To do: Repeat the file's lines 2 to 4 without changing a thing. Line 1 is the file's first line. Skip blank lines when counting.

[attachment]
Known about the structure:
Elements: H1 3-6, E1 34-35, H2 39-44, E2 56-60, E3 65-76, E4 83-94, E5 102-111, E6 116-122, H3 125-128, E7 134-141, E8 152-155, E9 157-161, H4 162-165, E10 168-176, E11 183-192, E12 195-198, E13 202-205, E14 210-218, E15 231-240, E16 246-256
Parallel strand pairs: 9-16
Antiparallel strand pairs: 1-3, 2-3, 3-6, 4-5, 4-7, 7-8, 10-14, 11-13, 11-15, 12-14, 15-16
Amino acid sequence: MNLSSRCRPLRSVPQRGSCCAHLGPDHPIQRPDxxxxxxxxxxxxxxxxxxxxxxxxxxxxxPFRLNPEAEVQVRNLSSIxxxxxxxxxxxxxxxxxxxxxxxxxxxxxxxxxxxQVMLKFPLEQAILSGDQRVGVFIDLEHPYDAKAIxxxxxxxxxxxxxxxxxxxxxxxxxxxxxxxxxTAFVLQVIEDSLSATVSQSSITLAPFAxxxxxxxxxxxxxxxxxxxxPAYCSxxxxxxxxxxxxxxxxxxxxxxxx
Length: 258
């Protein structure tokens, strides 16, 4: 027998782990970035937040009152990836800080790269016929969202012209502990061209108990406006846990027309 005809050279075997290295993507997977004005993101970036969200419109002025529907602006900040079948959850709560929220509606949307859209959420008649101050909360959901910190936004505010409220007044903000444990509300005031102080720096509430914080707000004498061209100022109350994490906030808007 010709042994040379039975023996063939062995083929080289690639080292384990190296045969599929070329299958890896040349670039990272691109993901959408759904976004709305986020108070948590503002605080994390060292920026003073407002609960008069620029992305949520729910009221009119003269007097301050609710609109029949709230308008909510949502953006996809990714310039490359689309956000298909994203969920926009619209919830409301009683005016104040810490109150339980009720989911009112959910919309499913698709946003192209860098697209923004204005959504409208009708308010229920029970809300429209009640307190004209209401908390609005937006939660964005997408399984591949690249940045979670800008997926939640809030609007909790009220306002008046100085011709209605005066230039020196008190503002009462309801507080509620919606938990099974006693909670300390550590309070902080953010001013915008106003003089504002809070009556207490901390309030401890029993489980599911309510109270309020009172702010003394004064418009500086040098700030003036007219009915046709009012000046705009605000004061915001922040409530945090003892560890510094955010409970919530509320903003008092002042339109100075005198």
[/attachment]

Elements: H1 3-6, E1 34-35, H2 39-44, E2 56-60, E3 65-76, E4 83-94, E5 102-111, E6 116-122, H3 125-128, E7 134-141, E8 152-155, E9 157-161, H4 162-165, E10 168-176, E11 183-192, E12 195-198, E13 202-205, E14 210-218, E15 231-240, E16 246-256
Parallel strand pairs: 9-16
Antiparallel strand pairs: 1-3, 2-3, 3-6, 4-5, 4-7, 7-8, 10-14, 11-13, 11-15, 12-14, 15-16